Canadian trade provides backbone for Ninth District exports
- Associate Editor, Statistics
Published October 1, 1995 | October 1995 issue
Canada remains the backbone of Ninth District manufactured exports: In 1994, one-third of the $16.3 billion of manufactured exports in district states went to Canada. Overall, in 1994 total manufactured exports increased for all states, except Montana.
Canada leads export destinations
Since the signing of the Canada-U.S. Trade Agreement in 1988, Canadian exports have gained importance for Ninth District manufacturers. In 1987, Canada was the top destination of manufactured exports for three of five district states; now Canada is the top destination for all district states.
Despite the low value of the Canadian dollar in 1994, exports to Canada continue to expand. In fact, manufactured exports in Minnesota and Wisconsin destined for Canada grew at a faster rate in 1994 than over the previous seven years; however, they decreased slightly in Montana and North Dakota.
Just as a trade agreement has improved trade with Canada, the North American Free Trade Agreement appears to have boosted exports to Mexico. In all states, except Minnesota, manufactured exports to Mexico in 1994 grew at a faster rate than over the previous seven years, including a 135 percent increase in North Dakota. Nevertheless, exports to Mexico remain under 4 percent of the Ninth District total.
European and Asian trade mixed
Trade to Europe, the second largest export destination for all district states, improved in 1994 as the rate of European expansion grew over the past year. Manufactured exports to Europe remained level in Minnesota, but grew 15 percent in South Dakota and Wisconsin, 25 percent in North Dakota and 55 percent in Montana.
While exports have improved in Europe, a slow Japanese economy has dampened trade to Japan. Manufactured exports to Japan decreased in all states for 1994 except Wisconsin, where it increased over 50 percent.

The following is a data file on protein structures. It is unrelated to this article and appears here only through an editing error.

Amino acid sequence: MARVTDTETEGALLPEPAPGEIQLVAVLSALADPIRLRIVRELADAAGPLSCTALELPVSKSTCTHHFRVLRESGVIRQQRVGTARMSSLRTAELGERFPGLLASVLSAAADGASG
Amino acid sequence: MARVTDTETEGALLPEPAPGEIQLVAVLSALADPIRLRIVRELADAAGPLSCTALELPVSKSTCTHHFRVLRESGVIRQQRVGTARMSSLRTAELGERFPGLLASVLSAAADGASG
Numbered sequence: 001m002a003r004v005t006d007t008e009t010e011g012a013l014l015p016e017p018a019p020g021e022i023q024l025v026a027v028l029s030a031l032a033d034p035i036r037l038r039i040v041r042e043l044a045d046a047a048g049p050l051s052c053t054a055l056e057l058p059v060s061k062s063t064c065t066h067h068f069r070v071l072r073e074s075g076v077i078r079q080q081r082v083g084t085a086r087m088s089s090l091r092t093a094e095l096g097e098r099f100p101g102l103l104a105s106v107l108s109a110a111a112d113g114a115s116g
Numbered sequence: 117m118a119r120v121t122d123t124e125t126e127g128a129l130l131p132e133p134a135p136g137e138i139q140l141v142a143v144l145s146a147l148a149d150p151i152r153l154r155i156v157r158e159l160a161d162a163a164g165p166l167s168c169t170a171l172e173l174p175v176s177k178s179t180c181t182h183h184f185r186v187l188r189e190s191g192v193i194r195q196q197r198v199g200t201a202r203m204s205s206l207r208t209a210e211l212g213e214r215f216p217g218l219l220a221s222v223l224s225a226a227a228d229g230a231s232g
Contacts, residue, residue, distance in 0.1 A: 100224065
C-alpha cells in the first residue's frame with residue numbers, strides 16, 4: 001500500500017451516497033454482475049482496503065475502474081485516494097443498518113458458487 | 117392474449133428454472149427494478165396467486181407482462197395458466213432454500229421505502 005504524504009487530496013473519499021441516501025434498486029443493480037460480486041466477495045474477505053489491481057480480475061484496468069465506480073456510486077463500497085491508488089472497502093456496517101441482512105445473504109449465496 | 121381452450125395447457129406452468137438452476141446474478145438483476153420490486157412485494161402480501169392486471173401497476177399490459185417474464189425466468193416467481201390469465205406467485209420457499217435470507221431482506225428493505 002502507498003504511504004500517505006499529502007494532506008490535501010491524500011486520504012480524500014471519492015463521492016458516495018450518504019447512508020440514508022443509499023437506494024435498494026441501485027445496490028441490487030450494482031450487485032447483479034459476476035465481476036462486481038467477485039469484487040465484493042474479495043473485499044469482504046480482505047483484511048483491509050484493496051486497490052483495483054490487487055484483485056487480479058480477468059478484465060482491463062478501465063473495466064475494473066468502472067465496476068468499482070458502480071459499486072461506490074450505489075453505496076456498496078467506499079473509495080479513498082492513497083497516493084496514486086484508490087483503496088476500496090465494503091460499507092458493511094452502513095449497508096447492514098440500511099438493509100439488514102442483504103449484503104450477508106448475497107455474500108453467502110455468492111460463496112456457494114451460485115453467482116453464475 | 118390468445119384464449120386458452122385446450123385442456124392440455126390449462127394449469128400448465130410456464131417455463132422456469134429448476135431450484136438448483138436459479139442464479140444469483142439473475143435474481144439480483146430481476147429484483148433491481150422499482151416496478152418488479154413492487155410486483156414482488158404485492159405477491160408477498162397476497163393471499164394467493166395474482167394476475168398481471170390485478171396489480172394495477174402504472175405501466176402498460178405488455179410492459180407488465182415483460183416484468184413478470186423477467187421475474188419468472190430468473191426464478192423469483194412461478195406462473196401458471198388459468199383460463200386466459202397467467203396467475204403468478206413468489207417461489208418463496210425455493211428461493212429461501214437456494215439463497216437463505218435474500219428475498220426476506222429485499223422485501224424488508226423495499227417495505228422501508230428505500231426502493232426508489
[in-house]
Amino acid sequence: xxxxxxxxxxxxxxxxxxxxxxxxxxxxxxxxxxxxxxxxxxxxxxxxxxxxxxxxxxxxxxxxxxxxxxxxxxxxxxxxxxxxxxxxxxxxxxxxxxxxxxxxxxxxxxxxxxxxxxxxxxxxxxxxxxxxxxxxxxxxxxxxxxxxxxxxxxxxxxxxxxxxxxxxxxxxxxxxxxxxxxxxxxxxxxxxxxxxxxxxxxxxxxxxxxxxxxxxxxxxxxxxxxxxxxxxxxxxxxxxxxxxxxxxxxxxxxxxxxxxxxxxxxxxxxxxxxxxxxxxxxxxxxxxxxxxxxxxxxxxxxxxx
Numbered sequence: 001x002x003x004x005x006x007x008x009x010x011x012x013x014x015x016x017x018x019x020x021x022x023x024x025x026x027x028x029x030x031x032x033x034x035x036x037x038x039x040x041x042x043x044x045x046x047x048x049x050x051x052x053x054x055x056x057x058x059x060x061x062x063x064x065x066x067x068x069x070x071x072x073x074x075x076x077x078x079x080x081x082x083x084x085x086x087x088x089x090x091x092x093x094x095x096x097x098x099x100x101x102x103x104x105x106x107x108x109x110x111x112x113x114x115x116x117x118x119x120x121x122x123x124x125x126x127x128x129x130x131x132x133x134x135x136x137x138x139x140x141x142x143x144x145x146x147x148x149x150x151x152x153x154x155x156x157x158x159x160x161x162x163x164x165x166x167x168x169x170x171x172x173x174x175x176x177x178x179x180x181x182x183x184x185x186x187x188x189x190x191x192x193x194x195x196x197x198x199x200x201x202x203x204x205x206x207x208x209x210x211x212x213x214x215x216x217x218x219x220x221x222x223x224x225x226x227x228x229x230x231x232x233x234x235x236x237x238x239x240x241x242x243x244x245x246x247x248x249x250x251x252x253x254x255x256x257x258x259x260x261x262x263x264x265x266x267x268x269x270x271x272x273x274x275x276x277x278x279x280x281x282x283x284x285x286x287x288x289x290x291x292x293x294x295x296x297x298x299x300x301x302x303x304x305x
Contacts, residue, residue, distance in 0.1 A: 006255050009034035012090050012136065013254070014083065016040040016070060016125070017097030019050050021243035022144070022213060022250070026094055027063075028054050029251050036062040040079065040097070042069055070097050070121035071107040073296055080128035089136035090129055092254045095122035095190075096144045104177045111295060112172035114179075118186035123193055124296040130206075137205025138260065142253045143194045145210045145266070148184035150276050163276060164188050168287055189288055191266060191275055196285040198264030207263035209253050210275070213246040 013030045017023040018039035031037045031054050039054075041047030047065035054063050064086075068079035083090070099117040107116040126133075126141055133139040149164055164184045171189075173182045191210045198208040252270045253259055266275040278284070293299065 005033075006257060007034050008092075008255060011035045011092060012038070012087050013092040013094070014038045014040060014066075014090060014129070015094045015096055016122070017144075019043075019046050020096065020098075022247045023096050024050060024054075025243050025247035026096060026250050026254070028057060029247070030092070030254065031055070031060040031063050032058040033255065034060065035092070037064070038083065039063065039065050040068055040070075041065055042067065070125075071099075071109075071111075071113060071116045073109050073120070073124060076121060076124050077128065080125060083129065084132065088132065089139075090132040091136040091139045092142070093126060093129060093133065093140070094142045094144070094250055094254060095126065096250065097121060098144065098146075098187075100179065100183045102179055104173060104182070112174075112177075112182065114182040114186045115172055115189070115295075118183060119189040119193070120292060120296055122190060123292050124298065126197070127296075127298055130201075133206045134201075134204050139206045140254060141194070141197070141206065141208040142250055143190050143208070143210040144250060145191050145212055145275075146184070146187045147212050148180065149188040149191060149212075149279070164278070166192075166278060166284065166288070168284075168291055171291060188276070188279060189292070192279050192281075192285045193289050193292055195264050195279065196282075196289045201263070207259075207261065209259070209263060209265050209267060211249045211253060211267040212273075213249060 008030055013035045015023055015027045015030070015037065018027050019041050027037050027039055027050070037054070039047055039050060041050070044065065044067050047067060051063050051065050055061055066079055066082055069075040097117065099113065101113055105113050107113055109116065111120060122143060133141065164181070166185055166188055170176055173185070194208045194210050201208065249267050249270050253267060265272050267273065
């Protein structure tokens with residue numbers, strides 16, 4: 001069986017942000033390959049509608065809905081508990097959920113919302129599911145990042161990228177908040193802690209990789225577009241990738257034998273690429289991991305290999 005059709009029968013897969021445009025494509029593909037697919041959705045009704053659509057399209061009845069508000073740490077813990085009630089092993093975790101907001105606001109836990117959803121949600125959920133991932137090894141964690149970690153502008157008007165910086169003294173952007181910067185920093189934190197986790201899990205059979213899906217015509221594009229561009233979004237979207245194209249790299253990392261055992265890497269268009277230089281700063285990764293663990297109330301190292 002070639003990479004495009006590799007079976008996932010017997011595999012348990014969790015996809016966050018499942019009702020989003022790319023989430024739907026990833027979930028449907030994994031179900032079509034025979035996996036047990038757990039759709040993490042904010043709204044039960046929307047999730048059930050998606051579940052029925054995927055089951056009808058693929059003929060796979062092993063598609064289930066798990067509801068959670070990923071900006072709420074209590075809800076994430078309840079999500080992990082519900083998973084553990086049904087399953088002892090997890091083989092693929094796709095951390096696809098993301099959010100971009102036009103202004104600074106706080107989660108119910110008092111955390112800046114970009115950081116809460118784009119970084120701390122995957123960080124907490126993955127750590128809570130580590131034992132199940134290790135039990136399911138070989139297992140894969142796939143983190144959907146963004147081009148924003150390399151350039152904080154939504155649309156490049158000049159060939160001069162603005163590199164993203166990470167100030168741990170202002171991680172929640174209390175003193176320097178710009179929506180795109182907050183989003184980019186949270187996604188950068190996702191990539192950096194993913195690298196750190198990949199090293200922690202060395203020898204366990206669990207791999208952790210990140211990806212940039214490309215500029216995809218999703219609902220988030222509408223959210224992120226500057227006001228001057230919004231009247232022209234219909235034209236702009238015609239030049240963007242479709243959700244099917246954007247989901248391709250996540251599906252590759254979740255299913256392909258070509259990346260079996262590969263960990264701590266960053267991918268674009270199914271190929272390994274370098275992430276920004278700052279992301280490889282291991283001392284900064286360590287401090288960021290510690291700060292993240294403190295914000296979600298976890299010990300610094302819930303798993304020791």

Trade to other Asian countries generally increased in all states. Exports to newly industrialized countries in Asia, which include Hong Kong, Singapore, South Korea and Taiwan, increased 35 percent in North Dakota and 45 percent in South Dakota, but dropped over 40 percent in Montana. Trade to the Pacific Islands, which include Australia, New Zealand and other nearby islands, make a small percentage of Ninth District exports, but in 1994 they doubled in Montana and tripled in North Dakota.
Machinery and high technology remain strong
Exports of machinery and computer equipment remain the top export industry in all states, producing one-third of all Ninth District manufactured exports. While exports of machinery and computer equipment decreased slightly in 1994 for Minnesota and Montana, they grew 15 percent in Wisconsin, 30 percent in North Dakota and 50 percent in South Dakota.
In other industries, exports of food and kindred products increased for all district states, except Montana, after losses a year ago. Primary metal exports dropped 20 percent in South Dakota and 50 percent in Montana, which continues a downward trend over the past seven years. The most dramatic change was a 115 percent increase in exports produced by miscellaneous manufacturing industries in Montana, which include sports equipment, coin operated game machines and gold and silver products.